About that destroying Hezbollah thing
U.N. Council Backs Measure to Halt War in Lebanon
By WARREN HOGE and STEVEN ERLANGER
Published: August 12, 2006
UNITED NATIONS, Aug. 11 — The Security Council agreed unanimously on Friday on a measure calling for a full cessation of hostilities in Lebanon, deploying 30,000 Lebanese and United Nations forces in southern Lebanon and calling upon Israel to withdraw its forces “in parallel.”
After rejecting earlier versions, Prime Minister Ehud Olmert of Israel accepted the resolution. But, under a deal an Israeli official said was approved by the United States, Mr. Olmert will wait until Sunday to obtain his cabinet’s approval. Until then, he will expand his monthlong military campaign against the Hezbollah militia and its rocket arsenal.
Mr. Olmert’s decision to accept the draft and yet continue with a stepped-up military offensive capped an evening of diplomatic brinksmanship and political gamesmanship that may help him deflect criticism of his handling of the war, castigated as tentative by the opposition and some in his own party.
Secretary General Kofi Annan said he would be in touch with the Lebanese and Israeli governments this weekend to determine when the full cessation of hostilities would take effect.
Mr. Olmert called President Bush to thank him for his help in “safeguarding Israel’s interests in the Security Council,” an Israeli official said. Fred Jones, spokesman of the National Security Council, said it was the leaders’ first conversation since the conflict started on July 12.
The Security Council resolution, drafted by France and the United States, expands the existing 2,000-member United Nations peacekeeping force, known as Unifil, to 15,000 and dispatches it into southern Lebanon to assist a 15,000-member Lebanese force that Fouad Siniora, Lebanon’s prime minister, has pledged to send there.
In addition, the resolution gives Unifil, a peace-monitoring force that has long been criticized as ineffective and lacking resources, greatly enhanced authority, equipment, responsibilities and scope of operation.
The resolution calls for a ban on all sales or other supply of arms to Lebanon, except as authorized by its government. Israel has interpreted this as preventing Hezbollah from being resupplied with weapons by Syria and Iran.
So, they can just buy them on the black market or make what they need.
Let's face facts, Hezbollah fought the IDF to a standstill. They are quite happy to have a buffer between them and the IDF. Because they can now rebuild southern Lebanon and consilidate their power. I mean, who defended Lebanon when it was attacked with a viciousness rarely seen? Hezbollah.
So why did all the talk of destroying Hezbollah turn to shit after a month?
My battle with Hezbollah
Ilan Grapel, a kid from Queens who graduated from Bronx Science and became an Israeli paratrooper, was caught in a fierce firefight with Hezbollah guerrillas in Lebanon last week.This has been going on for a month. They were under such heavy fire, the guy was unable to be moved for 10 hours and is lucky to be alive.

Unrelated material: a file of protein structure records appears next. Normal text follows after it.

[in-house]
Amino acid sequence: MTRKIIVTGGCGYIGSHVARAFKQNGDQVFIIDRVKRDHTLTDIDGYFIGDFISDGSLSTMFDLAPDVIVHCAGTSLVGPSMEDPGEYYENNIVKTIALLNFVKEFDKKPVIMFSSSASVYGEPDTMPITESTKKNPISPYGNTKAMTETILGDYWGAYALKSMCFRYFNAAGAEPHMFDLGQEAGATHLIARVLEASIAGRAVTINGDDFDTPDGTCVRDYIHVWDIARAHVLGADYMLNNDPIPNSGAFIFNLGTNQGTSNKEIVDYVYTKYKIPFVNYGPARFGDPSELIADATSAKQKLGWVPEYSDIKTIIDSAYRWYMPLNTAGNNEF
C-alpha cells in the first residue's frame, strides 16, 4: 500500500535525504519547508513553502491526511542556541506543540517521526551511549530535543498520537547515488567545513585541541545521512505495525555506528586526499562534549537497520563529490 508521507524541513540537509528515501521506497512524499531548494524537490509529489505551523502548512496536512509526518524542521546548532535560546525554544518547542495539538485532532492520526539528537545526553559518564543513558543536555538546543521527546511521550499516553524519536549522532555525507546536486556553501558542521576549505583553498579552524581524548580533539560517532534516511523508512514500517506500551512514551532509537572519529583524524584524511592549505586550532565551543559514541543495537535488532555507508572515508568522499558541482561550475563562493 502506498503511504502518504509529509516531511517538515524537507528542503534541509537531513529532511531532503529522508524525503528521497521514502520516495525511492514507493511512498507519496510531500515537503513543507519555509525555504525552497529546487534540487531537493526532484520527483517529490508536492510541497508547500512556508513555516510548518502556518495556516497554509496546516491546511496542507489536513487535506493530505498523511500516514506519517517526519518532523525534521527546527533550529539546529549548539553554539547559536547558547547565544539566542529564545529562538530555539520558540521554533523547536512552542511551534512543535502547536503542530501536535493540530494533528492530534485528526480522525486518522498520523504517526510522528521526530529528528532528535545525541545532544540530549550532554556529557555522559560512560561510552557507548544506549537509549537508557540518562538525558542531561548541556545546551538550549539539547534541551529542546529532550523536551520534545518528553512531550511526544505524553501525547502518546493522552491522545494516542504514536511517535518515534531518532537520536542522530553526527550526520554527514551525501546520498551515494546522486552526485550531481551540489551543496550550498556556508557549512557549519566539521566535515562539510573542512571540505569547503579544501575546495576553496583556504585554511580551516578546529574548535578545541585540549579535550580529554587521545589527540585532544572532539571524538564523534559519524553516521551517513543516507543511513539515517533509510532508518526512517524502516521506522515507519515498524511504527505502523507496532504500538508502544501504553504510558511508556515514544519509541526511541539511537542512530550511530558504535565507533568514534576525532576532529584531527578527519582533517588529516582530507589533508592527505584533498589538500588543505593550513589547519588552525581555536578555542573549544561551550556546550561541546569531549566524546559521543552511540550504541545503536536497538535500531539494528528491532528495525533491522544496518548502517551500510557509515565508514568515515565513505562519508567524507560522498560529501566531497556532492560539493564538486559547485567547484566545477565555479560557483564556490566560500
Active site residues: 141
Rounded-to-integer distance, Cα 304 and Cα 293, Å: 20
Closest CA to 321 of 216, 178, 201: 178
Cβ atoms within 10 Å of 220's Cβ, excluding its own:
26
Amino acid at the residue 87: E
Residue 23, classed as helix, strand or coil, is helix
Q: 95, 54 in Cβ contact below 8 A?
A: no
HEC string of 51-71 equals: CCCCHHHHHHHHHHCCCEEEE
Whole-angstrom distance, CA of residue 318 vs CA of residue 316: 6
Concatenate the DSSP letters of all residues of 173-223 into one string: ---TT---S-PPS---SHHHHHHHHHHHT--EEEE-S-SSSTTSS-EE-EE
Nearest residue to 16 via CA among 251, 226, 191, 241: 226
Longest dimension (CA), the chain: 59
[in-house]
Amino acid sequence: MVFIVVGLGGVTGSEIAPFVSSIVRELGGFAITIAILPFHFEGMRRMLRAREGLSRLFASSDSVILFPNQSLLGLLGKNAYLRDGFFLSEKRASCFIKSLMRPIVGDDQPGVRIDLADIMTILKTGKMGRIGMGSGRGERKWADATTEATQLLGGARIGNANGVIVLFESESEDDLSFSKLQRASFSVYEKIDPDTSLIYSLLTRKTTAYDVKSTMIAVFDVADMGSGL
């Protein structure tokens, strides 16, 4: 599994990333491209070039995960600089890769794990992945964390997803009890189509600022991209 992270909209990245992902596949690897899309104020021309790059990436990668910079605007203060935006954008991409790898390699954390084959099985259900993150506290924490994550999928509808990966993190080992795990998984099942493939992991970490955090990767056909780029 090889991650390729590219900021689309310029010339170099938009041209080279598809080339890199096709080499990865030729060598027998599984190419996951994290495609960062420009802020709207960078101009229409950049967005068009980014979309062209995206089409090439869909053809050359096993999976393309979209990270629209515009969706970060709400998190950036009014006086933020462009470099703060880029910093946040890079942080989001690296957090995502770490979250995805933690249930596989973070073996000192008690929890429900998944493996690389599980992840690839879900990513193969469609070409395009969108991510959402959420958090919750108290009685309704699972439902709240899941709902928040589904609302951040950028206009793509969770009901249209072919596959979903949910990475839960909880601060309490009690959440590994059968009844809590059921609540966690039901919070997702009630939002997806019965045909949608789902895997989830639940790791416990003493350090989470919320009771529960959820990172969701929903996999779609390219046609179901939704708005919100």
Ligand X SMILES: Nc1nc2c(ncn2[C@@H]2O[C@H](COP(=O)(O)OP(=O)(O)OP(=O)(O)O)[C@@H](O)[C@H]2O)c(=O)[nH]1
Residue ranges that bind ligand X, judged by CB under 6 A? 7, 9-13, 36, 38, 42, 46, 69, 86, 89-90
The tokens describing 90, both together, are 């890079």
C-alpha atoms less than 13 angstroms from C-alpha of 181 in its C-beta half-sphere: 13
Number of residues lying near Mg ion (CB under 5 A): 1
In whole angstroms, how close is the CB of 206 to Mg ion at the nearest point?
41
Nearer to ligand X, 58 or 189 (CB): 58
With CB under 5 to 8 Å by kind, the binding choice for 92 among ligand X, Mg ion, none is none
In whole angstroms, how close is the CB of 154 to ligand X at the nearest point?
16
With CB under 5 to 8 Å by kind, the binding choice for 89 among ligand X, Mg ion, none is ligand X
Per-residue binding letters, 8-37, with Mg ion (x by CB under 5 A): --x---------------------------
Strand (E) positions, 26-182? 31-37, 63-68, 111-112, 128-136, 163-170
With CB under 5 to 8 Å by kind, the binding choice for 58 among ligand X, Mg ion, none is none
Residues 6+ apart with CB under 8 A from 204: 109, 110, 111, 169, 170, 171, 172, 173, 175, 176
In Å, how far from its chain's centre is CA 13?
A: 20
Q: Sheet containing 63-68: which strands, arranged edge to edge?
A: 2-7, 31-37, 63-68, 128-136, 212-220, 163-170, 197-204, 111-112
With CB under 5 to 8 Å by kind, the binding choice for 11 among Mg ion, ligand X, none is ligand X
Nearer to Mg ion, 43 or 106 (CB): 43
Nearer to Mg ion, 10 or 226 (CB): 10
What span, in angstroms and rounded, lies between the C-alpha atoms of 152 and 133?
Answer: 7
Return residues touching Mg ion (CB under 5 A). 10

Grapel's Paratroopers 101 unit - the same (unit) that Ariel Sharon once commanded - moved into the town of Ayta A-Shab on Aug. 1 and bunked down in a series of small buildings in the heart of the Arab village. They woke up, surrounded by the enemy.
Here is his story:
"We had been told we'd have a leave, but it was canceled when the fighting intensified and we moved back [into Lebanon]. We arrived late in the day, without air cover. There had been a ceasefire by the air force called a few days before, and we were worried about approaching without air cover, but we didn't have a choice."
"We woke up in the afternoon to an explosion. The siege had begun. It started with an RPG [rocket-propelled grenade] to the roof of my building. I looked up and saw a hole in the ceiling. I saw daylight ... The guerrillas had a lot of firepower. They were lobbing missiles and grenades. They'd set off flash grenades, and we couldn't see anything.
"They shot at us from the street, from the bushes, from the other buildings ... A sniper's bullet killed one of our officers. I didn't see him die.
"I crouched behind one of the windows and started firing back. We tried to stay covered and unload as much as we could out the window. We couldn't see much ... There'd be darkness and then the flash of the gun. You wouldn't see the guy. Just his weapon ... They were well-hidden.
"It was nearly an hour - I was exhausted, hot and scared - when I took a bullet to my left shoulder.
"I was trained in boxing, and this felt like a punch to the shoulder from a fist without a glove. I saw a hole in my shoulder. It hurt, but what made me sick was looking at my arm and seeing the blood and flesh. I fell away from the window; blood was flowing from my shoulder. I was lying down, but there was not much I could do - I was still in the fire.
"Finally, some air cover came back and they made the decision to move me. The helicopter was 5 kilometers away, so it was too far to take me in a stretcher. I had to walk, and it was a hard walk. But I made it.
"I was in the hospital for about a week, and the doctors say I'm making a full recovery. I'm not going to lose my arm ... They told me later that bullets were missing my neck by a few inches. I could've died in that room.
I don't think the IDF was up for another month of this. The problem is, Hezbollah was.
posted by Steve @ 12:03:00 AM